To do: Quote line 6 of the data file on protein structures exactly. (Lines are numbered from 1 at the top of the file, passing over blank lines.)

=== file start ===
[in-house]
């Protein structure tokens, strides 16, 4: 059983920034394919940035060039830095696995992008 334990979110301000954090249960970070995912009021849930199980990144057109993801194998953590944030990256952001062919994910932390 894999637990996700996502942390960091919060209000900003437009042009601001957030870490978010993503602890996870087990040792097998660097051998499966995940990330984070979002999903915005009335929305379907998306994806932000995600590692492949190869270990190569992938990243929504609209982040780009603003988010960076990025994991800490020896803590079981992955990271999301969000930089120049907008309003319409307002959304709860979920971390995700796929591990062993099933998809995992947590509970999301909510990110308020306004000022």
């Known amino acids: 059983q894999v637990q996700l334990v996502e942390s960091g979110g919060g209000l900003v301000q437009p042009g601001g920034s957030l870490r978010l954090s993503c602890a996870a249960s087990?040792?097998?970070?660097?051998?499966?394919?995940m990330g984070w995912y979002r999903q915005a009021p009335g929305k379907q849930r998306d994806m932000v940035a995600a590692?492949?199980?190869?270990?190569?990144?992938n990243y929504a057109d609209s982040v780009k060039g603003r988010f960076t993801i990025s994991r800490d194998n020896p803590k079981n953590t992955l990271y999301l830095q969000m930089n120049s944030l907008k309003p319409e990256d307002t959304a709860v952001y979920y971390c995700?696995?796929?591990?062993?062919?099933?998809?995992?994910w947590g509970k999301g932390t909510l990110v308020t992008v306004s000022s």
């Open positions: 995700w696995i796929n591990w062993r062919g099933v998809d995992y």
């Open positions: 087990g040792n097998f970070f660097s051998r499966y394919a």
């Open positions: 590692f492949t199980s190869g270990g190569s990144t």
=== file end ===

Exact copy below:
């Open positions: 590692f492949t199980s190869g270990g190569s990144t």